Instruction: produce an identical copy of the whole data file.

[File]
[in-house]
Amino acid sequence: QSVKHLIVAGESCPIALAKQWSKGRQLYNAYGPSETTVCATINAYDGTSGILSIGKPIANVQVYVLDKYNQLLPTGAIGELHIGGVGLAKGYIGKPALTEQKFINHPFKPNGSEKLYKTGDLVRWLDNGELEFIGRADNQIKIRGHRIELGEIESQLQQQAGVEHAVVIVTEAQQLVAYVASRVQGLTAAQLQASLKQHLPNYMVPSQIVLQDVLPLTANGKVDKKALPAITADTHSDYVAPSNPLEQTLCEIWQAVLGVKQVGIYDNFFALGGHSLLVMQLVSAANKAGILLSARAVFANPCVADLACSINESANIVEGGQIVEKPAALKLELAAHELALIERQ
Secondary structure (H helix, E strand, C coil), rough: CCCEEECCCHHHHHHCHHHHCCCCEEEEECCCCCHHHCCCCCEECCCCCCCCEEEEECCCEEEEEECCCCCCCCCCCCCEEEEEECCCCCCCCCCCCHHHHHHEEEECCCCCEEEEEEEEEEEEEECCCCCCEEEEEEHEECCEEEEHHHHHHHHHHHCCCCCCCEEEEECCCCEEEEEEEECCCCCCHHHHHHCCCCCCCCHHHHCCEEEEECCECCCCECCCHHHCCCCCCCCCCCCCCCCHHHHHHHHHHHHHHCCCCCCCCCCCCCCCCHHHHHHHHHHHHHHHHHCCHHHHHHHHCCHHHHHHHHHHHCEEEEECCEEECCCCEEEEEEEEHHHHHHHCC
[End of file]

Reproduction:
[in-house]
Amino acid sequence: QSVKHLIVAGESCPIALAKQWSKGRQLYNAYGPSETTVCATINAYDGTSGILSIGKPIANVQVYVLDKYNQLLPTGAIGELHIGGVGLAKGYIGKPALTEQKFINHPFKPNGSEKLYKTGDLVRWLDNGELEFIGRADNQIKIRGHRIELGEIESQLQQQAGVEHAVVIVTEAQQLVAYVASRVQGLTAAQLQASLKQHLPNYMVPSQIVLQDVLPLTANGKVDKKALPAITADTHSDYVAPSNPLEQTLCEIWQAVLGVKQVGIYDNFFALGGHSLLVMQLVSAANKAGILLSARAVFANPCVADLACSINESANIVEGGQIVEKPAALKLELAAHELALIERQ
Secondary structure (H helix, E strand, C coil), rough: CCCEEECCCHHHHHHCHHHHCCCCEEEEECCCCCHHHCCCCCEECCCCCCCCEEEEECCCEEEEEECCCCCCCCCCCCCEEEEEECCCCCCCCCCCCHHHHHHEEEECCCCCEEEEEEEEEEEEEECCCCCCEEEEEEHEECCEEEEHHHHHHHHHHHCCCCCCCEEEEECCCCEEEEEEEECCCCCCHHHHHHCCCCCCCCHHHHCCEEEEECCECCCCECCCHHHCCCCCCCCCCCCCCCCHHHHHHHHHHHHHHCCCCCCCCCCCCCCCCHHHHHHHHHHHHHHHHHCCHHHHHHHHCCHHHHHHHHHHHCEEEEECCEEECCCCEEEEEEEEHHHHHHHCC